BLACK FOREST, Colo. — Sparse branches are what’s left of the Black Forest Fire of 2013.
“We can have this event over, and over, and over again. We’re not done with it,” said Margo Humes, Fire Marshall for the Falcon Fire Department.
To prepare for the upcoming wildfire season, a firewise community meeting was held Saturday to inform homeowners living in or near a forest on how to best protect and mitigate their home.
“I think it’s like any crisis, you don’t think it’s ever going to happen to you,” said Bill Mantia, vice president of the board of Black Forest Together.
Mantia’s home was one of more than 400 homes destroyed in the black forest fire.
He says that are still several people working on rebuilding their home two years after the fire.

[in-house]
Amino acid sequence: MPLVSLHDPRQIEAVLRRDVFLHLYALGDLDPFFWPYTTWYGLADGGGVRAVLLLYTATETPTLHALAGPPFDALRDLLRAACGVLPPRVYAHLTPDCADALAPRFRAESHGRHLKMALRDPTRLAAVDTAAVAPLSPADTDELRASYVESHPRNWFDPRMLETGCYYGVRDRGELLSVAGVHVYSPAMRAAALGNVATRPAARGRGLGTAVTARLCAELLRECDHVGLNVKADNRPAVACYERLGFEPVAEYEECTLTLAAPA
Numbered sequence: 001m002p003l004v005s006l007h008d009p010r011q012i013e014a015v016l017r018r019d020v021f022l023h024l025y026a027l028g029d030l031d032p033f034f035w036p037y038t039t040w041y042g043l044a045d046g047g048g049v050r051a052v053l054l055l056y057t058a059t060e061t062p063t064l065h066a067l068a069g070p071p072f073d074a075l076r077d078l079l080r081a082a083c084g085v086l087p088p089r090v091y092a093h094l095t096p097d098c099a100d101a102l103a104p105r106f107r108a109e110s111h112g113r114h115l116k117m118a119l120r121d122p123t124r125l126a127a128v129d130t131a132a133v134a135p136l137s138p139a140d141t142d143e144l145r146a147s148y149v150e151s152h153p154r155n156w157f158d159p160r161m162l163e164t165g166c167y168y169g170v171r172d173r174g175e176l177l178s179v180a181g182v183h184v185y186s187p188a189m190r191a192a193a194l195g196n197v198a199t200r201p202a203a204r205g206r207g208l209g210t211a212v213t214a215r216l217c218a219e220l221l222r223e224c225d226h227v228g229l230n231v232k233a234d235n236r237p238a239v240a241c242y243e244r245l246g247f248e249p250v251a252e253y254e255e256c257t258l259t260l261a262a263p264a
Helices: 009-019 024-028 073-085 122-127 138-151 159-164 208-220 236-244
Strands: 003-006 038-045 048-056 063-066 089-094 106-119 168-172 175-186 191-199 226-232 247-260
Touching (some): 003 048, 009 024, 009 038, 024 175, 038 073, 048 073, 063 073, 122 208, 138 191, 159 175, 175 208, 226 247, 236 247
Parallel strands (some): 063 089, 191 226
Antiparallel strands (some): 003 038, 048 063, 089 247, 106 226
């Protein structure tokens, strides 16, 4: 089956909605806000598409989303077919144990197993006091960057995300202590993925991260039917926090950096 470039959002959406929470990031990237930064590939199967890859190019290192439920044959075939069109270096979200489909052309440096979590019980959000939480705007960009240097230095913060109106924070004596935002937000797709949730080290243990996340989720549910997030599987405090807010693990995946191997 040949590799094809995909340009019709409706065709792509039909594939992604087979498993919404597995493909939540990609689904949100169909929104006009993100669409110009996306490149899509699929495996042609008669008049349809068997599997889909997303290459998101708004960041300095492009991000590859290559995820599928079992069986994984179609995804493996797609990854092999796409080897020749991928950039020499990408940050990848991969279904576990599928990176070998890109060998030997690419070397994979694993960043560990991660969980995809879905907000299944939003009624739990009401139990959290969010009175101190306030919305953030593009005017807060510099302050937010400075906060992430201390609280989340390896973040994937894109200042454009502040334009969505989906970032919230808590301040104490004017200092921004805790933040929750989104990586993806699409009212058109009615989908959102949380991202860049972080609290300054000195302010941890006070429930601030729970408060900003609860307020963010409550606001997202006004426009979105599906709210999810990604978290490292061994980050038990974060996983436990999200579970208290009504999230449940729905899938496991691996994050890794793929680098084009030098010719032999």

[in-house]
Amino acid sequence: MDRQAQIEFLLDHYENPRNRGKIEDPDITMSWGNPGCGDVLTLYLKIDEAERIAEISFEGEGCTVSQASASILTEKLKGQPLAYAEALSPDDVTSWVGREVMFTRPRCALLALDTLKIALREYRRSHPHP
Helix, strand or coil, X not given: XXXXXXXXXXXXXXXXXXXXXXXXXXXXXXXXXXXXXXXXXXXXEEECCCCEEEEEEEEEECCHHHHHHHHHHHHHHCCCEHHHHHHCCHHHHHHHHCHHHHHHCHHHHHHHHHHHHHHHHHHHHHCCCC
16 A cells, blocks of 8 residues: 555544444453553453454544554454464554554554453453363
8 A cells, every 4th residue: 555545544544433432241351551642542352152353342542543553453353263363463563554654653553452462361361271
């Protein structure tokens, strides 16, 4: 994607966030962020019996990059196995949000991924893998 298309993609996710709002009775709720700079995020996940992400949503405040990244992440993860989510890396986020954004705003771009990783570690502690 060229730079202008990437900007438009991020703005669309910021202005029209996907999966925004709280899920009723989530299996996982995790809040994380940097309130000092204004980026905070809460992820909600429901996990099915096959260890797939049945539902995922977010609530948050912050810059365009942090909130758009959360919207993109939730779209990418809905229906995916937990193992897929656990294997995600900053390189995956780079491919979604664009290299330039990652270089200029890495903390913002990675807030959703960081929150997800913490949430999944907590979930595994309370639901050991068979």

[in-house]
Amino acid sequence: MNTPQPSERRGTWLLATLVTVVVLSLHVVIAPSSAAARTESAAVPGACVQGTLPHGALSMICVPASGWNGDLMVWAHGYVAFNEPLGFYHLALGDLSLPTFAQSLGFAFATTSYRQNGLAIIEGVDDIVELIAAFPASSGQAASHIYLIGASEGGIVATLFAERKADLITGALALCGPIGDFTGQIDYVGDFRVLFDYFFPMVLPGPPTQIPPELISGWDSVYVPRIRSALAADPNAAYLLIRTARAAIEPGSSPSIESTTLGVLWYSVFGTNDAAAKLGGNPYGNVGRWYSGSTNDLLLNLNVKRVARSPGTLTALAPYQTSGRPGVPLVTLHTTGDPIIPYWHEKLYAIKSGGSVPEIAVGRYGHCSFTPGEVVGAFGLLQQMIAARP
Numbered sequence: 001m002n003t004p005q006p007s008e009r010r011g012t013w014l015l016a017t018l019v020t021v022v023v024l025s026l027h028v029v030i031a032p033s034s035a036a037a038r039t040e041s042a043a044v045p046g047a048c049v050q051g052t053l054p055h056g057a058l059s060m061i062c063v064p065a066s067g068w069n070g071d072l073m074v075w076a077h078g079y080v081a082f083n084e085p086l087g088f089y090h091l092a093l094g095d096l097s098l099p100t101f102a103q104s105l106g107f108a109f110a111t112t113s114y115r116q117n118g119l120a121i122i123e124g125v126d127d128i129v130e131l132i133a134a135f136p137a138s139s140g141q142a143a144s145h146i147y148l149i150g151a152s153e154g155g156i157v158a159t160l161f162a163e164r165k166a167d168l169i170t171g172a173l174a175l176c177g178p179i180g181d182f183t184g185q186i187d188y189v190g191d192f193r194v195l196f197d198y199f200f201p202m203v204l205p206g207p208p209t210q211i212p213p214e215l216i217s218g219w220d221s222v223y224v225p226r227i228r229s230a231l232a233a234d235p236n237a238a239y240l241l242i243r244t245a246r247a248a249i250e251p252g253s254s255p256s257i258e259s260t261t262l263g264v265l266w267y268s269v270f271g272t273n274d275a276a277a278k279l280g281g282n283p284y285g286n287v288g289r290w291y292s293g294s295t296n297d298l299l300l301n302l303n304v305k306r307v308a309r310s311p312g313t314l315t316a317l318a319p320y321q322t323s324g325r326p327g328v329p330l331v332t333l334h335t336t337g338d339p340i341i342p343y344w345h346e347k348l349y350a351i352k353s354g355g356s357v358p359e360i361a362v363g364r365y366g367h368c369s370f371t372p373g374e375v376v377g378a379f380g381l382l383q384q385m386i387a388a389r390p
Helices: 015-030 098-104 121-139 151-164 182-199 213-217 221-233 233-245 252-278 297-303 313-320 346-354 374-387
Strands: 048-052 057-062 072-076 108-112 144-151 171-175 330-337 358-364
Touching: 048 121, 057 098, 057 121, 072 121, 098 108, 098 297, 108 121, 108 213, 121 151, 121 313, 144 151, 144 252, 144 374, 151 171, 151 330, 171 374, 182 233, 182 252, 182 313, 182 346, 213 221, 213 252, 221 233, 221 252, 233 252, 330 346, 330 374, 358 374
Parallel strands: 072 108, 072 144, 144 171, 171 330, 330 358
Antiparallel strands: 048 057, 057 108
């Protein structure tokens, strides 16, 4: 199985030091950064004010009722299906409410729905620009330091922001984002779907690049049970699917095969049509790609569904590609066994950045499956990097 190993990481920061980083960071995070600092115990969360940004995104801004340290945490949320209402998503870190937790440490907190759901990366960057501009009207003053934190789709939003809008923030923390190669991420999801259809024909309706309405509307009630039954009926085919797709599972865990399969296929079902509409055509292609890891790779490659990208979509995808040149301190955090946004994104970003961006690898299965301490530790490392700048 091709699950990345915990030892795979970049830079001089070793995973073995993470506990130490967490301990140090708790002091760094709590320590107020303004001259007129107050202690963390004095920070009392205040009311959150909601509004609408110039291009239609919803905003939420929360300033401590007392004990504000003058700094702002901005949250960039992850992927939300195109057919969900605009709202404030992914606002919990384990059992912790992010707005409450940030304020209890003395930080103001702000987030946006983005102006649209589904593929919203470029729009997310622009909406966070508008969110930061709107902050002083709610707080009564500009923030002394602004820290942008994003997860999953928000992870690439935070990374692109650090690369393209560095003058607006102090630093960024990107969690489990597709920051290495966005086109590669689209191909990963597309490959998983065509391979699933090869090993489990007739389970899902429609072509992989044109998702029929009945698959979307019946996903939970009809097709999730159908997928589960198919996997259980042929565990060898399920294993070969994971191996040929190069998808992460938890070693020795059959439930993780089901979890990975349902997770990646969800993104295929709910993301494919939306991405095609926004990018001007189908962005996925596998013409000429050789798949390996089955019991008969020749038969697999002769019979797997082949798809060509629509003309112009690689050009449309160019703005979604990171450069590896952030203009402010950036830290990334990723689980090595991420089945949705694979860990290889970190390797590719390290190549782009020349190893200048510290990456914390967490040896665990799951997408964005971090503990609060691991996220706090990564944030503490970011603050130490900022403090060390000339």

“The pain, the anguish and the suffering that homeowners go through when you lose your property and for 12 months to 16 months, it’s something that you really don’t ever want to experience,” Mantia said.
“This will affect them their whole life, and we’re never going to see the forest, the way it was, ever again in our lifetime,” Humes said.
Fire officials say by being firewise, communities can be compatible with mother nature.
Fire marshals suggest having a plan in the case a wildfire sparks up near your home.
Have a list of items to take with you if you need to evacuate.
Have a go box ready with important documents or personal items. And start a discussion within your neighborhood about the importance of mitigation.
This can make all the difference in the way you handle a wildfire.